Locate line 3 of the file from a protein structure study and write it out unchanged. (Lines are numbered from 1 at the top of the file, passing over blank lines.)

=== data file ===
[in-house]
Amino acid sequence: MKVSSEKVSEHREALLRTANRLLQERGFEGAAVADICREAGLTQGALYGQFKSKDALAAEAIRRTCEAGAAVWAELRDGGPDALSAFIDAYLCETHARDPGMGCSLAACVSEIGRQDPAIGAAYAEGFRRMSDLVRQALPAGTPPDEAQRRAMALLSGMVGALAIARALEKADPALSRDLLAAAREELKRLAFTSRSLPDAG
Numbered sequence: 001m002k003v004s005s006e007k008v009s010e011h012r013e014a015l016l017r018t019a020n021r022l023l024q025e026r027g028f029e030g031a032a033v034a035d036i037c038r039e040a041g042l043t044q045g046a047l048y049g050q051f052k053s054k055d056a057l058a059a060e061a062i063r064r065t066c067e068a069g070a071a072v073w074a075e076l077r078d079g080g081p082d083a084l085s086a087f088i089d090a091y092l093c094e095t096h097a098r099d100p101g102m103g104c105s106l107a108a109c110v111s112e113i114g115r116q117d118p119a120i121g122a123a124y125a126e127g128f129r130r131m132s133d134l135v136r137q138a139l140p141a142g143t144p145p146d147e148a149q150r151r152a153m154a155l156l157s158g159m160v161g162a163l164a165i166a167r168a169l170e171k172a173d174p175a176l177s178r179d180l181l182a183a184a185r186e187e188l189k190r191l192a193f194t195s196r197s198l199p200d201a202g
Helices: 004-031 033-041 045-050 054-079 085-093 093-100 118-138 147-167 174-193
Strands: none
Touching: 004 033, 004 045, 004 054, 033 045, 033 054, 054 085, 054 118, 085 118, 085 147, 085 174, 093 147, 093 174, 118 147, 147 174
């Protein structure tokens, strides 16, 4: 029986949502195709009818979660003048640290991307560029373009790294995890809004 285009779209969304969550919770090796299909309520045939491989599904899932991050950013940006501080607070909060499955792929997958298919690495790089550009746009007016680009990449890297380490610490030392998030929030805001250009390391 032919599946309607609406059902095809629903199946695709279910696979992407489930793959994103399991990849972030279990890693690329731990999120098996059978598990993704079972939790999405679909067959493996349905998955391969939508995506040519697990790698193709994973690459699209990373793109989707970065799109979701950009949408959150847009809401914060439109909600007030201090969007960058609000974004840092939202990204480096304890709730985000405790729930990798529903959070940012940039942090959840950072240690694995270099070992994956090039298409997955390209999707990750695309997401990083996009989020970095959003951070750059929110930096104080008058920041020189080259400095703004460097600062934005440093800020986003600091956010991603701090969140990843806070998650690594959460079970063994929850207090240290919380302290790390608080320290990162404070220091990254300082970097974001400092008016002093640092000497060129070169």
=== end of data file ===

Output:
Numbered sequence: 001m002k003v004s005s006e007k008v009s010e011h012r013e014a015l016l017r018t019a020n021r022l023l024q025e026r027g028f029e030g031a032a033v034a035d036i037c038r039e040a041g042l043t044q045g046a047l048y049g050q051f052k053s054k055d056a057l058a059a060e061a062i063r064r065t066c067e068a069g070a071a072v073w074a075e076l077r078d079g080g081p082d083a084l085s086a087f088i089d090a091y092l093c094e095t096h097a098r099d100p101g102m103g104c105s106l107a108a109c110v111s112e113i114g115r116q117d118p119a120i121g122a123a124y125a126e127g128f129r130r131m132s133d134l135v136r137q138a139l140p141a142g143t144p145p146d147e148a149q150r151r152a153m154a155l156l157s158g159m160v161g162a163l164a165i166a167r168a169l170e171k172a173d174p175a176l177s178r179d180l181l182a183a184a185r186e187e188l189k190r191l192a193f194t195s196r197s198l199p200d201a202g